A double disadvantage? Minority group, immigrant status, and underemployment in the United States

Citation
Gf. De Jong et Ab. Madamba, A double disadvantage? Minority group, immigrant status, and underemployment in the United States, SOC SCI Q, 82(1), 2001, pp. 117-130
Citations number
38
Language
INGLESE
art.tipo
Article
Categorie Soggetti
Sociology & Antropology
Journal title
SOCIAL SCIENCE QUARTERLY
ISSN journal
0038-4941 → ACNP
Volume
82
Issue
1
Year of publication
2001
Pages
117 - 130
Database
ISI
SICI code
0038-4941(200103)82:1<117:ADDMGI>2.0.ZU;2-D
Abstract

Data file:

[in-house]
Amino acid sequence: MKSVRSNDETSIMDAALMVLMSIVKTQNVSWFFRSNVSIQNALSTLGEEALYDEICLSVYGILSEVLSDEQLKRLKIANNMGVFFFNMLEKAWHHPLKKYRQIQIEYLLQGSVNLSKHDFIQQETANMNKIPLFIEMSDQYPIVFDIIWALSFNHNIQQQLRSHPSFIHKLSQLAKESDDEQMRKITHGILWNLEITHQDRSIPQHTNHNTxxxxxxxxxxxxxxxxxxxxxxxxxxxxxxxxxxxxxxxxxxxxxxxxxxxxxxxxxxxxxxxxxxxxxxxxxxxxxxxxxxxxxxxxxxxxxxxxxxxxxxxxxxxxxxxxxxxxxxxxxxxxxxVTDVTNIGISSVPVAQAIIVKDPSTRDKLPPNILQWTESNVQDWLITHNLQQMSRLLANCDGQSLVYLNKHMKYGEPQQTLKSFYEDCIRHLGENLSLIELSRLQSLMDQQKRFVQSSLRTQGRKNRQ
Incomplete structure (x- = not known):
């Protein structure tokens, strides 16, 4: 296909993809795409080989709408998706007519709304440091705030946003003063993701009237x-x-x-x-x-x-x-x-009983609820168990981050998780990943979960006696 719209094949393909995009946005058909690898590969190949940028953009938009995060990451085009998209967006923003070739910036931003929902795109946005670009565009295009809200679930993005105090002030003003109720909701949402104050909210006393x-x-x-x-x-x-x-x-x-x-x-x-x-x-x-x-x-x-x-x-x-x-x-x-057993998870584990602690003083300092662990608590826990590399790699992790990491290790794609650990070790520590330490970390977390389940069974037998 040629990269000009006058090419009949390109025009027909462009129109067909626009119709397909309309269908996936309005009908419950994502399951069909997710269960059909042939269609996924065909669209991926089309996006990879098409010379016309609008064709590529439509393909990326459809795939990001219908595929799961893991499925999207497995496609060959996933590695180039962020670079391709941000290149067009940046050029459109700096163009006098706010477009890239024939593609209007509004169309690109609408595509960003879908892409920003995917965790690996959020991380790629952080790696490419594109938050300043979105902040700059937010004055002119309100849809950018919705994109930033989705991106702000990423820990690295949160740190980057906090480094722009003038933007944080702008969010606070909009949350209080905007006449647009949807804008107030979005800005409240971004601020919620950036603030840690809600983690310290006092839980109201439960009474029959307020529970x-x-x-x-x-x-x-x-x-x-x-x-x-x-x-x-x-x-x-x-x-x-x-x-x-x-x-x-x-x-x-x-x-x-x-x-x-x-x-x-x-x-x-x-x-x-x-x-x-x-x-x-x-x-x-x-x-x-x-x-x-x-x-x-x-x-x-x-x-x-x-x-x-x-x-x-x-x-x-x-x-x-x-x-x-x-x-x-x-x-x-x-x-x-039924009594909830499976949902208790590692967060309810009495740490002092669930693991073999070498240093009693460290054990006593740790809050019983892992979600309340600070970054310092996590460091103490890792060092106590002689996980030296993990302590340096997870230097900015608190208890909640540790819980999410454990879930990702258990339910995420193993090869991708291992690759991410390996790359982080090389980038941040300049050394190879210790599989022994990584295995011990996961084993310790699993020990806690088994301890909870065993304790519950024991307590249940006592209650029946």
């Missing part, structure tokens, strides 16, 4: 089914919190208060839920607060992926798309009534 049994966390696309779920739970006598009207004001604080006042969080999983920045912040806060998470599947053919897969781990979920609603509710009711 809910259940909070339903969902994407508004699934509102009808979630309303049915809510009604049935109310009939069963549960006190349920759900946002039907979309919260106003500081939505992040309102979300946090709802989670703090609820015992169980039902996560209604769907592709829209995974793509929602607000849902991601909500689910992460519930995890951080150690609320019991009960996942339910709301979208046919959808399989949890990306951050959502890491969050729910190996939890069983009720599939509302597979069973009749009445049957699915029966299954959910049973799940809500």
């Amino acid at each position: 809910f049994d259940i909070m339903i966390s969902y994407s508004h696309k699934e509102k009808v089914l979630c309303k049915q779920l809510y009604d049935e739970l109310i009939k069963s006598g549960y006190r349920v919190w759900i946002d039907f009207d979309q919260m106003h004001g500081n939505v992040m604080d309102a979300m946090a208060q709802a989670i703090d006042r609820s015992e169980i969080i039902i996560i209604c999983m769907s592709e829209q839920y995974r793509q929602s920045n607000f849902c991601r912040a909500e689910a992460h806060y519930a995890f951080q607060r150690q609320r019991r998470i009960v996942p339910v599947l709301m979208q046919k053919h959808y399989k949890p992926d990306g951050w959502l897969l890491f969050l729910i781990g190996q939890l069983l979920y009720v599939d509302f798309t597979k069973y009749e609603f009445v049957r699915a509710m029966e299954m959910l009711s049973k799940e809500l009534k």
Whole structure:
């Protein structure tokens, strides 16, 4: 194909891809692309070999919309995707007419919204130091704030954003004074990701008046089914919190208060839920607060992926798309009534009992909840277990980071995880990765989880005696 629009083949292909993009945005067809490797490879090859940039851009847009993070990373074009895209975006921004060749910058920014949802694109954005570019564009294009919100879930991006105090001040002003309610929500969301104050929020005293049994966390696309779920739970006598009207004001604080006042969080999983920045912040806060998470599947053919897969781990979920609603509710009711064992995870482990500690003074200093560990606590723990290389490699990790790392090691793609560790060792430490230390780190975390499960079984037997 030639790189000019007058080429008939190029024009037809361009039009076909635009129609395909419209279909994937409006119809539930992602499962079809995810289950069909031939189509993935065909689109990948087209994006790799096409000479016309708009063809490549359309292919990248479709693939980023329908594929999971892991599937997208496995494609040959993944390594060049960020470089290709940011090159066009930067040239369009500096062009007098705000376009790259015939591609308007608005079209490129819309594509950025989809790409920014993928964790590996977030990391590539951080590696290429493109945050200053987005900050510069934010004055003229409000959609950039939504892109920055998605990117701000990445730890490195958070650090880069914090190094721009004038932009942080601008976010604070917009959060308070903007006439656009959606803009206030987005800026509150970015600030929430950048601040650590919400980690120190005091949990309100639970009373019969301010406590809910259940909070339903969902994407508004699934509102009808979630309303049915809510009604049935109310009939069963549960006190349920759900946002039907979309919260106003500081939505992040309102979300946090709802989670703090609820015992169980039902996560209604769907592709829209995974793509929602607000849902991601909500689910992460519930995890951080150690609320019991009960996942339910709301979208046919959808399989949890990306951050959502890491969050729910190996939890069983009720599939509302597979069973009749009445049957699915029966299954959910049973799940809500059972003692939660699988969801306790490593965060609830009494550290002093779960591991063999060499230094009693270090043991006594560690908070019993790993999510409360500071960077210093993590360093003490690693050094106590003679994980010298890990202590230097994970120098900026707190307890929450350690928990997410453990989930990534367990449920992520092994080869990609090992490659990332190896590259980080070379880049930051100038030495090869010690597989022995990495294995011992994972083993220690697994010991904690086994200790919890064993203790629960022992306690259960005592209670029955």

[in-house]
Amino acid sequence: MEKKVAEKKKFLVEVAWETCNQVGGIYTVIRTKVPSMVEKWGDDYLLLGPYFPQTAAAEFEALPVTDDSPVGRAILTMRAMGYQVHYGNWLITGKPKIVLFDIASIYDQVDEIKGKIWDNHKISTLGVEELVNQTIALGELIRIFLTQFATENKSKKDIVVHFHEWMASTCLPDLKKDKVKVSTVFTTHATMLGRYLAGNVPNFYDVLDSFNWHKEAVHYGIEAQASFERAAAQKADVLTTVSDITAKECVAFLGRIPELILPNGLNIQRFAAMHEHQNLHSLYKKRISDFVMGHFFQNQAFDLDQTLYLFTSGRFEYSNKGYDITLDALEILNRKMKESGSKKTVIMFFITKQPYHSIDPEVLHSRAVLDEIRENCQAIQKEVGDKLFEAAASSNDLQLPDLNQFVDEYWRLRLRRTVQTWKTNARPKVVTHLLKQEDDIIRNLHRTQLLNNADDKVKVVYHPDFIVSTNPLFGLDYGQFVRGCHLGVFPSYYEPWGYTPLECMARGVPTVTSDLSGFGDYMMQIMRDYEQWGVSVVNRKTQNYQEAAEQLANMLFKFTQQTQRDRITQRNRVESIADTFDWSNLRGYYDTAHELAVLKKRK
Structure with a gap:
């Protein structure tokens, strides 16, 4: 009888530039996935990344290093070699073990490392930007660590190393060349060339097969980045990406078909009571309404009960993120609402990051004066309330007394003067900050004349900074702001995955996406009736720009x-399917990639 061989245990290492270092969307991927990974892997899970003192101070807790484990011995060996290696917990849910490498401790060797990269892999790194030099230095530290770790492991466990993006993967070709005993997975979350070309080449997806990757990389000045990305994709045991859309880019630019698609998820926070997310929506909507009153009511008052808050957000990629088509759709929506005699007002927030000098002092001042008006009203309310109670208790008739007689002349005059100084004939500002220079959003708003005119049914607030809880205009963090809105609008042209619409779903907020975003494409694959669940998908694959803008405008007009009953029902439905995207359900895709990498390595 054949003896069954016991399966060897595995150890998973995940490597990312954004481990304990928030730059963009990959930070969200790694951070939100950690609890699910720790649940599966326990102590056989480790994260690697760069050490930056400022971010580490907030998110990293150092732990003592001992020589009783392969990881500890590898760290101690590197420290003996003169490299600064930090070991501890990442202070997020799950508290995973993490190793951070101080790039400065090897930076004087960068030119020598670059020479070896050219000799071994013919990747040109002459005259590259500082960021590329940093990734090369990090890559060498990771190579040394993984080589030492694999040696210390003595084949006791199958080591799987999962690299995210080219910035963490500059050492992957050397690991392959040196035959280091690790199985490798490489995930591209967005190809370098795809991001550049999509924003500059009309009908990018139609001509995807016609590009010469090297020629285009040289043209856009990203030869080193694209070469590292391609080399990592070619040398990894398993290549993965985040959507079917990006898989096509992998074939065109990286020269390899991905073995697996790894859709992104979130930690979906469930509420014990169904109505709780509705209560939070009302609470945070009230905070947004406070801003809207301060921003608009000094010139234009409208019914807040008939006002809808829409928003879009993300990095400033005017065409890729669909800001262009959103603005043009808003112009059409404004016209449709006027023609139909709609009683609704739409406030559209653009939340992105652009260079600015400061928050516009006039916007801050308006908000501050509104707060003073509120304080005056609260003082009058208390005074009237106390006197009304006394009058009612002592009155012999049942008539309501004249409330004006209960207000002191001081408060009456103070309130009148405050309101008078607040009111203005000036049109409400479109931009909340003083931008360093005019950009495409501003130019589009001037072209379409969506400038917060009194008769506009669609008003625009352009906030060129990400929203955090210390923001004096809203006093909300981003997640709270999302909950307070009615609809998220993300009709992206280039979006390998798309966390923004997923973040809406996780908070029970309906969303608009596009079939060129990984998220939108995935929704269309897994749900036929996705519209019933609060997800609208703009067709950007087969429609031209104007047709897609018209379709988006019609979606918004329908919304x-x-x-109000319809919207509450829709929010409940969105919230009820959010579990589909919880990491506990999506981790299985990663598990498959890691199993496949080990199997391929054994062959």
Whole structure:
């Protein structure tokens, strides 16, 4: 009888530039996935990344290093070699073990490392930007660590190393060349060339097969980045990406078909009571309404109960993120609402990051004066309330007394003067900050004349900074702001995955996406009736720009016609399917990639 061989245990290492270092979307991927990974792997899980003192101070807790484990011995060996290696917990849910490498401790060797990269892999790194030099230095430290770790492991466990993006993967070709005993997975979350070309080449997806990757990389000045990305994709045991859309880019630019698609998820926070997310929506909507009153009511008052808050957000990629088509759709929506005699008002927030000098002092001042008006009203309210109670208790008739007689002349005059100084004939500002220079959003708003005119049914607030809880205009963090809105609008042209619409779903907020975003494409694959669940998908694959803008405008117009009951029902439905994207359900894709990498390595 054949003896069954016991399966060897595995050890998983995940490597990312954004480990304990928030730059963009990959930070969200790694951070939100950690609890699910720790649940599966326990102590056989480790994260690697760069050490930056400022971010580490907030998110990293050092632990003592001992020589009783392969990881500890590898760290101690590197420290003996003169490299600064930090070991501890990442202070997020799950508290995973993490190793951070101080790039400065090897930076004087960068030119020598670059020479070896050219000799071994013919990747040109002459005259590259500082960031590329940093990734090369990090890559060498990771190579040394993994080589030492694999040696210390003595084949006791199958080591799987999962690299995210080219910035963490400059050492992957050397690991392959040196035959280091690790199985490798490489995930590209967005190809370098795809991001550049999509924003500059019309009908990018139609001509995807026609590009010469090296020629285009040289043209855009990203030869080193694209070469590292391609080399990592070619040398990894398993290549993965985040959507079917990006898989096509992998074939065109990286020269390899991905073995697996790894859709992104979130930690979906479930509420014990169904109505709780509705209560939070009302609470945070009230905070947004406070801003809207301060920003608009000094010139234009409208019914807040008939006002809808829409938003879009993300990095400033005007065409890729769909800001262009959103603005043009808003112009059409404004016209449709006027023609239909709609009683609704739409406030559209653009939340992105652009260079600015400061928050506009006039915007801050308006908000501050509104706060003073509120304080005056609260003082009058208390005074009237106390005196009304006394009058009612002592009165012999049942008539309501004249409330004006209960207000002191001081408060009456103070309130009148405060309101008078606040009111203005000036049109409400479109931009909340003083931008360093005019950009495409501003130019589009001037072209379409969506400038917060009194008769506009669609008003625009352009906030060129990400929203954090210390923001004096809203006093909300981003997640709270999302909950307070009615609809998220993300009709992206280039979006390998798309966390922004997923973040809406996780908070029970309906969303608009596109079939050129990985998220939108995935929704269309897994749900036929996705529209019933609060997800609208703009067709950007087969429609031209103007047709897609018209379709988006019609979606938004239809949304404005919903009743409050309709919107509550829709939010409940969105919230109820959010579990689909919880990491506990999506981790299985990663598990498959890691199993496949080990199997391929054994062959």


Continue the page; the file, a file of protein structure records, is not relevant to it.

Objective. This study documents the magnitude of four types of underemploym ent experienced by both native-born minority and ethnic immigrant male and Female workers in the United States and tests a "double disadvantage" econo mic outcome hypothesis that minority workers tend to be channeled into seco ndary sector jobs and that immigrant workers face initial disadvantages in labor force assimilation. Method. Data for men and women aged 25-64 who are in the labor force and not attending school were derived from the 1990 Cen sus Bureau Public Use Microdata Sample. Multinomial logistic regression pro cedures were used to estimate the effect of minority group membership and i mmigrant status on the odds of unemployment, part-time employment, working poverty, and job mismatch, relative so adequate employment. Results. Descri ptive results showed greater overall underemployment among females than mal es. Blacks and Hispanics had higher unemployment and working-poverty rates compared to non-Hispanic whites and Asians, with job mismatch highest among Asians. Immigrant underemployment was greater than that of the native-born . Asians posted the largess disparity in immigrant versus native-born under employment, and blacks had the smallest. Multivariate models showed that mi nority group effects were stronger than immigrant status effects in predict ing underemployment, Increased likelihood of underemployment across the dif ferent minority groups versus non-Hispanic white workers was nor fully acco unted for by the expected influences of human-capital, demographic, industr y, and occupational variables. Conclusion. The double disadvantage hypothes is of minority group and immigrant status is accepted only for Asian men an d women with jobs mismatched to their skills and for Asian women, who are m ost likely to be unemployed or be among the working poor.